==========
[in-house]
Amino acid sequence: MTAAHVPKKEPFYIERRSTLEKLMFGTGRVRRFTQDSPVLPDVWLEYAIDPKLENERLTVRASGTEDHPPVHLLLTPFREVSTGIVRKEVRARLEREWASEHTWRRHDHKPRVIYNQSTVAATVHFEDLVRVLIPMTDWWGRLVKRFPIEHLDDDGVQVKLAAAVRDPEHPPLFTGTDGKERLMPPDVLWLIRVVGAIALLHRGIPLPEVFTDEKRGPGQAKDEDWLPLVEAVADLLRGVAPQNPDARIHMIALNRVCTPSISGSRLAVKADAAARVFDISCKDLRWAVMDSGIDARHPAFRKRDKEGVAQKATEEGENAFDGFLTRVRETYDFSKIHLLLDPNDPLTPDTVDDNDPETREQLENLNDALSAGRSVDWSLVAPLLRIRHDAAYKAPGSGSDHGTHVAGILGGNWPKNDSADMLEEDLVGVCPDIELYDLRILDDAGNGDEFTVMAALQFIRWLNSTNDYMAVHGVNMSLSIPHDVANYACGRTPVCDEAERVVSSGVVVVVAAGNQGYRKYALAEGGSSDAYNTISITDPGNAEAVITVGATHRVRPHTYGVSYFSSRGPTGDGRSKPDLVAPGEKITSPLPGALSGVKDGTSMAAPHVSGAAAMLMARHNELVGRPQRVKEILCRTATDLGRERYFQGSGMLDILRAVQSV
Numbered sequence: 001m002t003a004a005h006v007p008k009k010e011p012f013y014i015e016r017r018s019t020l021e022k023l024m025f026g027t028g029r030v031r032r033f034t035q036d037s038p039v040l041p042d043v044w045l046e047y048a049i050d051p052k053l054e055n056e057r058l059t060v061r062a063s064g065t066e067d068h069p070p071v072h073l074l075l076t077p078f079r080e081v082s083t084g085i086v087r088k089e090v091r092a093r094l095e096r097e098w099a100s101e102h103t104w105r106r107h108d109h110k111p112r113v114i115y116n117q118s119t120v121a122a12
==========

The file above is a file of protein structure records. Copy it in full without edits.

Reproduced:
[in-house]
Amino acid sequence: MTAAHVPKKEPFYIERRSTLEKLMFGTGRVRRFTQDSPVLPDVWLEYAIDPKLENERLTVRASGTEDHPPVHLLLTPFREVSTGIVRKEVRARLEREWASEHTWRRHDHKPRVIYNQSTVAATVHFEDLVRVLIPMTDWWGRLVKRFPIEHLDDDGVQVKLAAAVRDPEHPPLFTGTDGKERLMPPDVLWLIRVVGAIALLHRGIPLPEVFTDEKRGPGQAKDEDWLPLVEAVADLLRGVAPQNPDARIHMIALNRVCTPSISGSRLAVKADAAARVFDISCKDLRWAVMDSGIDARHPAFRKRDKEGVAQKATEEGENAFDGFLTRVRETYDFSKIHLLLDPNDPLTPDTVDDNDPETREQLENLNDALSAGRSVDWSLVAPLLRIRHDAAYKAPGSGSDHGTHVAGILGGNWPKNDSADMLEEDLVGVCPDIELYDLRILDDAGNGDEFTVMAALQFIRWLNSTNDYMAVHGVNMSLSIPHDVANYACGRTPVCDEAERVVSSGVVVVVAAGNQGYRKYALAEGGSSDAYNTISITDPGNAEAVITVGATHRVRPHTYGVSYFSSRGPTGDGRSKPDLVAPGEKITSPLPGALSGVKDGTSMAAPHVSGAAAMLMARHNELVGRPQRVKEILCRTATDLGRERYFQGSGMLDILRAVQSV
Numbered sequence: 001m002t003a004a005h006v007p008k009k010e011p012f013y014i015e016r017r018s019t020l021e022k023l024m025f026g027t028g029r030v031r032r033f034t035q036d037s038p039v040l041p042d043v044w045l046e047y048a049i050d051p052k053l054e055n056e057r058l059t060v061r062a063s064g065t066e067d068h069p070p071v072h073l074l075l076t077p078f079r080e081v082s083t084g085i086v087r088k089e090v091r092a093r094l095e096r097e098w099a100s101e102h103t104w105r106r107h108d109h110k111p112r113v114i115y116n117q118s119t120v121a122a12